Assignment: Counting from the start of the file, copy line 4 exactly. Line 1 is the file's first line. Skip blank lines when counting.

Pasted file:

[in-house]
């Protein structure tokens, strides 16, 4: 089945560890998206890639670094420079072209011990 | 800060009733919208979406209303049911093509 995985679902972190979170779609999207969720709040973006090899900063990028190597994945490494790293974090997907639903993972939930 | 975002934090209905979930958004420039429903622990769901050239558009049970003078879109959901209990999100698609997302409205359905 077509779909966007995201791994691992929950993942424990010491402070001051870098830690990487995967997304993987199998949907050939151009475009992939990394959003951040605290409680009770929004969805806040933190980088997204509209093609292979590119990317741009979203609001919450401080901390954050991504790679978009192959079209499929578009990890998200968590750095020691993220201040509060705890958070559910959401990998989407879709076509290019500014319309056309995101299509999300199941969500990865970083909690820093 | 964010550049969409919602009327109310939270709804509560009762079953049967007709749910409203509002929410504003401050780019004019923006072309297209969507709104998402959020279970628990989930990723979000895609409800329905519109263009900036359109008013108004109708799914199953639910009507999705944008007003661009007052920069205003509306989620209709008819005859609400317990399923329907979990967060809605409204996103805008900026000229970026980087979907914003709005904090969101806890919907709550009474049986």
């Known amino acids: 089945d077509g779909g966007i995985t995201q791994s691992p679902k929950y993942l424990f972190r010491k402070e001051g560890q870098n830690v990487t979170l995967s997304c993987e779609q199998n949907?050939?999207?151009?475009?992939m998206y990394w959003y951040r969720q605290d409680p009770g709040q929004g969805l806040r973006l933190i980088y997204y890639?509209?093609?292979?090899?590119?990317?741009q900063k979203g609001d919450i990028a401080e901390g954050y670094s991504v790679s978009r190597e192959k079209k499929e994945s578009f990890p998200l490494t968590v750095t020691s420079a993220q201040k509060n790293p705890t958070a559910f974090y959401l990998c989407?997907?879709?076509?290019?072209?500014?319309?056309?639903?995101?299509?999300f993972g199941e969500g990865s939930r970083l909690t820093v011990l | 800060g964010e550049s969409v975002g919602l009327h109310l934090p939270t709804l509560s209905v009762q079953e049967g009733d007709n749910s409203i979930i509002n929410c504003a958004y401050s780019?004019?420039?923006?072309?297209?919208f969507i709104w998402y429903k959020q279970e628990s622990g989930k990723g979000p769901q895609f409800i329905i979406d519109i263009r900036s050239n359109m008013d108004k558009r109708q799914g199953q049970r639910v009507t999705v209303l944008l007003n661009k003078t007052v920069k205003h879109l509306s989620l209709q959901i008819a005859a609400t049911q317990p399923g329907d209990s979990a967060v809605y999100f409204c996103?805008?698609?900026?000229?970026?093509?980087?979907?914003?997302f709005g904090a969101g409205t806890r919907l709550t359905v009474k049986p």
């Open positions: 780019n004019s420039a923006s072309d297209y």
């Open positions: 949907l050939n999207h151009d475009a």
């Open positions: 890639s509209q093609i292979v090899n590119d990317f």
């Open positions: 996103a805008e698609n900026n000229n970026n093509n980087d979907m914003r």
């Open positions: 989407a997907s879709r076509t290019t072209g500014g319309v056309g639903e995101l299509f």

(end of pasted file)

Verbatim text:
């Open positions: 780019n004019s420039a923006s072309d297209y």